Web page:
Researchers believe that the galaxy GN-z11 formed just 420 million years after the Big Bang, at a time when light first began to fill the cosmos. Scientists say further research of the galaxy could shed light on the early days of the universe.
Scientists at the University of Tokyo have determined the age and location of the most distant known galaxy in the universe. Professor Nobunari Kashikawa of the Department of Astronomy at the University of Tokyo said this was not an easy task. Astronomers had to examine the galaxy’s redshift – the way light stretches out and becomes redder. The farther away an object is from our planet, the faster it is seen receding and the more redshifted its light is.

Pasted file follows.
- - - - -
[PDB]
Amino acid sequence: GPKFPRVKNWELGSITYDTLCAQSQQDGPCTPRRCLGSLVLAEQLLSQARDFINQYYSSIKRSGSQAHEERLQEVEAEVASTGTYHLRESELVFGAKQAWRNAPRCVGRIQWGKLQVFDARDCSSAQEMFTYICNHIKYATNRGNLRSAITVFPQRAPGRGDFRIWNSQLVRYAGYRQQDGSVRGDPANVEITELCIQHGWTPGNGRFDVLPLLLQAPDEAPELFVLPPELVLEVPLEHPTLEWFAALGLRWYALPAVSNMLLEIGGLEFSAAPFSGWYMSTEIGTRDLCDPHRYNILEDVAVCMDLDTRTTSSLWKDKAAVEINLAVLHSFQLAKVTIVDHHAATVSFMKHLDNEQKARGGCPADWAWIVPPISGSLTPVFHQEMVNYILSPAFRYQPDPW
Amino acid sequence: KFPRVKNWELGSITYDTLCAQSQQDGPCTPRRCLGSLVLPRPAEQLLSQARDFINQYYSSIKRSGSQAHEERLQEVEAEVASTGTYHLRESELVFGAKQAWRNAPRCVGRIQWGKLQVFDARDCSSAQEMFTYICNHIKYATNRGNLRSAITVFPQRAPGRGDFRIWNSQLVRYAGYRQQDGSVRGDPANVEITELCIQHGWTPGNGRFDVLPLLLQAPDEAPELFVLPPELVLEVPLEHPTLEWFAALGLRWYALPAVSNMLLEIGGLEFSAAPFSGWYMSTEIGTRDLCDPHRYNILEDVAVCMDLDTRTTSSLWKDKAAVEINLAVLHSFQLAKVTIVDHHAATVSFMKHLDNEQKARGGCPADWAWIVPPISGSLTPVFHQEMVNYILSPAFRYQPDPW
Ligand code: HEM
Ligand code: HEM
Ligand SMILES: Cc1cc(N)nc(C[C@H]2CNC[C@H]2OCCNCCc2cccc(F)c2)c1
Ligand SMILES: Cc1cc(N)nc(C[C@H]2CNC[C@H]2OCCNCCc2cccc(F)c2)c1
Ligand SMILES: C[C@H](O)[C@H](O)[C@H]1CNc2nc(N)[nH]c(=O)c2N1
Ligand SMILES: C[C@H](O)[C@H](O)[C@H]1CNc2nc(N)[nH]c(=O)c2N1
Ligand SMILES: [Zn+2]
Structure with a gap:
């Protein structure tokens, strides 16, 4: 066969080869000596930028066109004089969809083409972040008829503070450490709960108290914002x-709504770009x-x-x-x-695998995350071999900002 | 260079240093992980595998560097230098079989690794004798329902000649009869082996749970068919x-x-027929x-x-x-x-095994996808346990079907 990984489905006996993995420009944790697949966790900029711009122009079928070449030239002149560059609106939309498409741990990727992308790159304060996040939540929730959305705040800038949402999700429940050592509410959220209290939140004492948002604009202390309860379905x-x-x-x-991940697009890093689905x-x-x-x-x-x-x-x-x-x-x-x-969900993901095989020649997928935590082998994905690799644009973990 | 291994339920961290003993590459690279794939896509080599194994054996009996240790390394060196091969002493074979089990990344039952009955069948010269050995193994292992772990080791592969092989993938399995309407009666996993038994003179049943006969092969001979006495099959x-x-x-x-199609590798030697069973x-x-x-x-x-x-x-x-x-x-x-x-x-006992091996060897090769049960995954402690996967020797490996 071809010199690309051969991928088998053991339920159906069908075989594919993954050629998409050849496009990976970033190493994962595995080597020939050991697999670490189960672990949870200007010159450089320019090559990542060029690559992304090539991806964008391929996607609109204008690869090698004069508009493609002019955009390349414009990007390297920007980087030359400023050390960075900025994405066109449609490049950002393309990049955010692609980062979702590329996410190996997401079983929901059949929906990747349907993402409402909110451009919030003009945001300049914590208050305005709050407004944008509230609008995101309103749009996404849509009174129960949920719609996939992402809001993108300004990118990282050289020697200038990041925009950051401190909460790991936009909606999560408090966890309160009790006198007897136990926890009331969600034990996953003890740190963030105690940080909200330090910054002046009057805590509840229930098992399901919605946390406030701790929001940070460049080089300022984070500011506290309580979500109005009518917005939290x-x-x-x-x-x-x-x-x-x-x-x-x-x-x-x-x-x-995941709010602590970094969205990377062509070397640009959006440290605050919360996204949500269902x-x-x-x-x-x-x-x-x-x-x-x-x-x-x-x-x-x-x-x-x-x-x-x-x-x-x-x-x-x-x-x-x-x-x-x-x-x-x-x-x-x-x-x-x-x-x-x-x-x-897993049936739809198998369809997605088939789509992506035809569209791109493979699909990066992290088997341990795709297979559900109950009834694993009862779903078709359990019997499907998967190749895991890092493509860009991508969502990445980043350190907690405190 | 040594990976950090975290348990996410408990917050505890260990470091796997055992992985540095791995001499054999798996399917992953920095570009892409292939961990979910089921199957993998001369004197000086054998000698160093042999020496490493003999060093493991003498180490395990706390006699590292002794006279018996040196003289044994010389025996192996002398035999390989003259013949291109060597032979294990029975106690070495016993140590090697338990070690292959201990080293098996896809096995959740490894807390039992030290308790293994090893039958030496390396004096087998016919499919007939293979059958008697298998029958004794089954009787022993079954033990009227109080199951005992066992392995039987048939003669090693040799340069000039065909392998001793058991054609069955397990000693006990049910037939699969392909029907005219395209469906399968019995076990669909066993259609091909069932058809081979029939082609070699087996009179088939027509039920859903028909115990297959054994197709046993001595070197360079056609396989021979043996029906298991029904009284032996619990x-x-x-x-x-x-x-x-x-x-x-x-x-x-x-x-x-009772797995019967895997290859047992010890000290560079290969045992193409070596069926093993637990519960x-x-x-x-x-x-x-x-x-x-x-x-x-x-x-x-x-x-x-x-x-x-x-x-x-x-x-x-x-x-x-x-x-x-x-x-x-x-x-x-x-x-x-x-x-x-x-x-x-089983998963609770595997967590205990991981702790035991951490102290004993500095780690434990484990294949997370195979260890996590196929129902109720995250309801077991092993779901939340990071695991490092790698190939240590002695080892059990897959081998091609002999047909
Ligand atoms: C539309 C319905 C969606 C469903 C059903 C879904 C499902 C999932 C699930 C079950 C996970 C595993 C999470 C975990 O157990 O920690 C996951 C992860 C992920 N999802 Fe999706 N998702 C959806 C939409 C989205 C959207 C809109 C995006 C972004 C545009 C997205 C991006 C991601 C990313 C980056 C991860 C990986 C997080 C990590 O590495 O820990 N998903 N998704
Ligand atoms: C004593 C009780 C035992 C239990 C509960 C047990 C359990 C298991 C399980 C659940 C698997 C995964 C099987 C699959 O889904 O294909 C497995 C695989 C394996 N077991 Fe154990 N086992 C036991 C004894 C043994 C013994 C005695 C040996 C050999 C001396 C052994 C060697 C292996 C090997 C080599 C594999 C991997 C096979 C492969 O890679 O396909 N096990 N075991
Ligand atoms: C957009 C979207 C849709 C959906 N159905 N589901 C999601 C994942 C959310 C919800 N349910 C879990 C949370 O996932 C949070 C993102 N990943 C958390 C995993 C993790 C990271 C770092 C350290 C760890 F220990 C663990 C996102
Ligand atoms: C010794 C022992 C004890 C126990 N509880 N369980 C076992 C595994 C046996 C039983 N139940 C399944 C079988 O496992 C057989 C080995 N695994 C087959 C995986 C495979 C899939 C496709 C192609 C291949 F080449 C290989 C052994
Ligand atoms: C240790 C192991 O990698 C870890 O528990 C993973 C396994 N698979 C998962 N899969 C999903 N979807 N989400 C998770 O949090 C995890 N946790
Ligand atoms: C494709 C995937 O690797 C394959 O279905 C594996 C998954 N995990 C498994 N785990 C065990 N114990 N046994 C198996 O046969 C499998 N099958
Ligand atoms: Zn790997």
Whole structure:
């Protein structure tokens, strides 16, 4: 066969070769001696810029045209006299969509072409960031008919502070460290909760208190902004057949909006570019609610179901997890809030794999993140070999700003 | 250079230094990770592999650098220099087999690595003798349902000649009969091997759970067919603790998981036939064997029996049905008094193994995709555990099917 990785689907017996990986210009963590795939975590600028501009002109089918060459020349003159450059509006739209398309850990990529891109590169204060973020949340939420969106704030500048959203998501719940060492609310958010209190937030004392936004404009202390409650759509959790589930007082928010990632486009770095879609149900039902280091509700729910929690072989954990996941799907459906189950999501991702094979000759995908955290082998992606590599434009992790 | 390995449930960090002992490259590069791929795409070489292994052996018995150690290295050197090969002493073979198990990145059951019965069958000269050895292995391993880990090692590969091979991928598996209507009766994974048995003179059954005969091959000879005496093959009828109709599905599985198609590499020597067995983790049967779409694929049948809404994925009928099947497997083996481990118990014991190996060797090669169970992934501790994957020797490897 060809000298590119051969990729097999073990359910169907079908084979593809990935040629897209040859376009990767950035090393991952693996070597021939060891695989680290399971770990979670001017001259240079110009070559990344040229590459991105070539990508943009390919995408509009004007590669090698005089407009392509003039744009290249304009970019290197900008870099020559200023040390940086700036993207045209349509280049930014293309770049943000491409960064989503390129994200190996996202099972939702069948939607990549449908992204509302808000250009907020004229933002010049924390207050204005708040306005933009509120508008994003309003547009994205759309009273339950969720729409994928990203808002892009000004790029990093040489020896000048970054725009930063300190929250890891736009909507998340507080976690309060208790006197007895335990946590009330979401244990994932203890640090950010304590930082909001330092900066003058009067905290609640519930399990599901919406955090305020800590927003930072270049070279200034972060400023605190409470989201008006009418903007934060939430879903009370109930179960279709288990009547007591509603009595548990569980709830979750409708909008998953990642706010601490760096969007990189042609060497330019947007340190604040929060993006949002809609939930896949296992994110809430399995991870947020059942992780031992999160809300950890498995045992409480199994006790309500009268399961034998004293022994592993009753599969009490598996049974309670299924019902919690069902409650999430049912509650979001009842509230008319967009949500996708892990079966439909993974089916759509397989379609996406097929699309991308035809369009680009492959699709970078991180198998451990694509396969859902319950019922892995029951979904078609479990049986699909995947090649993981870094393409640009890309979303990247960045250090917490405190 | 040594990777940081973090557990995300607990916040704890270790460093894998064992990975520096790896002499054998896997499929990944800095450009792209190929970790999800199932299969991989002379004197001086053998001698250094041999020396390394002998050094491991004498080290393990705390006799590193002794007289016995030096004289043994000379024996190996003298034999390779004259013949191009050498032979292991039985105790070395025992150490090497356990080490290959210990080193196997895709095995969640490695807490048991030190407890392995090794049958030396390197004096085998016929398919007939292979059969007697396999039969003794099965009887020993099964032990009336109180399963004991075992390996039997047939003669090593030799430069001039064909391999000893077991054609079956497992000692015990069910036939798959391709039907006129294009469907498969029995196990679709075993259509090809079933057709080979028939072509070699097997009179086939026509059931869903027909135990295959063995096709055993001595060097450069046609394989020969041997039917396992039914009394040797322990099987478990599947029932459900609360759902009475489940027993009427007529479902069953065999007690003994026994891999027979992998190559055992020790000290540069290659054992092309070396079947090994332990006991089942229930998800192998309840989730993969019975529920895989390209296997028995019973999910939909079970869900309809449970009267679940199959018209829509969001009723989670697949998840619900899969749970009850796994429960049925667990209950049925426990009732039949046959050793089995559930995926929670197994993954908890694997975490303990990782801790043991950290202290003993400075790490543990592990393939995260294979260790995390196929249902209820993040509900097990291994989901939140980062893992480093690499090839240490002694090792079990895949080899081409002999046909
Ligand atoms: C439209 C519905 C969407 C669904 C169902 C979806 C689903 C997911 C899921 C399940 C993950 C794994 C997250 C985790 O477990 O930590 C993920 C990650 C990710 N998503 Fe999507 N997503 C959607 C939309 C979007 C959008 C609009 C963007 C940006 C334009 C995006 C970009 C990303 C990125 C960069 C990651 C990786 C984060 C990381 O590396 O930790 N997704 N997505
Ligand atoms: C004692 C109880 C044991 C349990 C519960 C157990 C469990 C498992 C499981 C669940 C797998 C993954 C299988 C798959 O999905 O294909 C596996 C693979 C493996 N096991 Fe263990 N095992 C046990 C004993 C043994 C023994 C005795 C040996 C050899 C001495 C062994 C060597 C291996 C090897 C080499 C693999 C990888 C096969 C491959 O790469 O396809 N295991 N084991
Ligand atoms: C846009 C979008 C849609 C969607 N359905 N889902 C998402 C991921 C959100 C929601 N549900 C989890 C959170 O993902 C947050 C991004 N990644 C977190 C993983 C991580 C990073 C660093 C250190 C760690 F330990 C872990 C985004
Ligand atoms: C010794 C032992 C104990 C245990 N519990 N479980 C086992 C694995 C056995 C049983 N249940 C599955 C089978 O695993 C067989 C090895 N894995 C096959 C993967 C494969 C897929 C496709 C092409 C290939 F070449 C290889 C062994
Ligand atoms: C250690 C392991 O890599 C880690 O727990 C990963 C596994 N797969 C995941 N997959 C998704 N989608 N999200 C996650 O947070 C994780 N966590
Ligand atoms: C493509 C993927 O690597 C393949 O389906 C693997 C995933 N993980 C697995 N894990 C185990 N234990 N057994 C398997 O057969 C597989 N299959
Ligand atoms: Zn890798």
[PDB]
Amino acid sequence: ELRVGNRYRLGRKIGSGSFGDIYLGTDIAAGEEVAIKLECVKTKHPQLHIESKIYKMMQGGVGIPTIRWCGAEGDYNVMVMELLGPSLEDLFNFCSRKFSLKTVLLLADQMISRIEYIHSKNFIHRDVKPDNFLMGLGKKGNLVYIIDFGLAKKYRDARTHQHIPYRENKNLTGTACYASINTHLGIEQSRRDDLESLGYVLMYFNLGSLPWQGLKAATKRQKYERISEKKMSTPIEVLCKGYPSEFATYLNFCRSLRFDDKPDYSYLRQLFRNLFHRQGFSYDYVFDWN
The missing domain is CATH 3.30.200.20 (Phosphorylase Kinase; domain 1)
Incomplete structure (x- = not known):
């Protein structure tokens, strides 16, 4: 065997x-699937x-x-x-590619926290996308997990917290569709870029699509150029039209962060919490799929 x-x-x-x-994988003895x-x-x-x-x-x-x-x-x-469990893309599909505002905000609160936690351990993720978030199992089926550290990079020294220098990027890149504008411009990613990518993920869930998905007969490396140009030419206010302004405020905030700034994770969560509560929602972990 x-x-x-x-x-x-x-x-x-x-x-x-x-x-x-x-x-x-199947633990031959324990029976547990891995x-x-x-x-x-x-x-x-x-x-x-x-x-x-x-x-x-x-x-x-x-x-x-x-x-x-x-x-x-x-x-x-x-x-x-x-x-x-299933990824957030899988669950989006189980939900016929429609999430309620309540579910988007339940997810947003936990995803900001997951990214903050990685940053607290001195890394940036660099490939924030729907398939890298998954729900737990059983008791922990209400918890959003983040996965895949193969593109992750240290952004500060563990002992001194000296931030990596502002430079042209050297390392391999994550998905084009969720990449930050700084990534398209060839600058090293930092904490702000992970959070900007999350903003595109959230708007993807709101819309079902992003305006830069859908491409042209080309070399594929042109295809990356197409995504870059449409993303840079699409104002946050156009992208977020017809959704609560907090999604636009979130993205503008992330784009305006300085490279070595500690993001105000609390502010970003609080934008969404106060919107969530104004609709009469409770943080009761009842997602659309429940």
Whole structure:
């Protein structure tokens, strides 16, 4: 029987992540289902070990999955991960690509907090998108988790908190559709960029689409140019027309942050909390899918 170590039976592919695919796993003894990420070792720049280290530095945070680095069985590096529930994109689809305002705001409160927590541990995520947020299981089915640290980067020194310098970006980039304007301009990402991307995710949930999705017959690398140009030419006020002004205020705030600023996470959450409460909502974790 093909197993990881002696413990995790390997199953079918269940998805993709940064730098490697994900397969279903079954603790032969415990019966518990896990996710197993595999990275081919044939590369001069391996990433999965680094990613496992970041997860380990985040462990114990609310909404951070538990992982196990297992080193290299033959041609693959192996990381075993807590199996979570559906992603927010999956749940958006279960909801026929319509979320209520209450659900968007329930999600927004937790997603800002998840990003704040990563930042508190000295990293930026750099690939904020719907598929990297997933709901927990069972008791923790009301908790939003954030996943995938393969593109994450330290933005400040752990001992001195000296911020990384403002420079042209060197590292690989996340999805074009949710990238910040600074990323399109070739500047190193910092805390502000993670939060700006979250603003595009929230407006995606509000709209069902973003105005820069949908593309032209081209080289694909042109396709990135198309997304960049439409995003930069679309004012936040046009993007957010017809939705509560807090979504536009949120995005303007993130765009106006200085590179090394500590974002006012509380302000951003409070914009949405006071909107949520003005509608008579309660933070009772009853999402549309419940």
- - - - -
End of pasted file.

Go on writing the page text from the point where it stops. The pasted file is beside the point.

“We looked at ultraviolet light specifically, as that is the area of the electromagnetic spectrum we expected to find the redshifted chemical signatures. The Hubble Space Telescope detected the signature multiple times in the spectrum of GN-z11. However, even the Hubble cannot resolve ultraviolet emission lines to the degree we needed. So we turned to a more up-to-date ground-based spectrograph, an instrument to measure emission lines, called MOSFIRE, which is mounted to the Keck I telescope in Hawaii”, said professor Kashikawa.
According to the results of the study, published in the journal Nature Astronomy, GN-z11 is 13.4 billion light years away from the Earth, or 134 nonillion kilometres (that’s 134 followed by 30 zeros). The scientists say further studies could reveal progenitors of the galaxy that emitted some of the oldest light in the universe.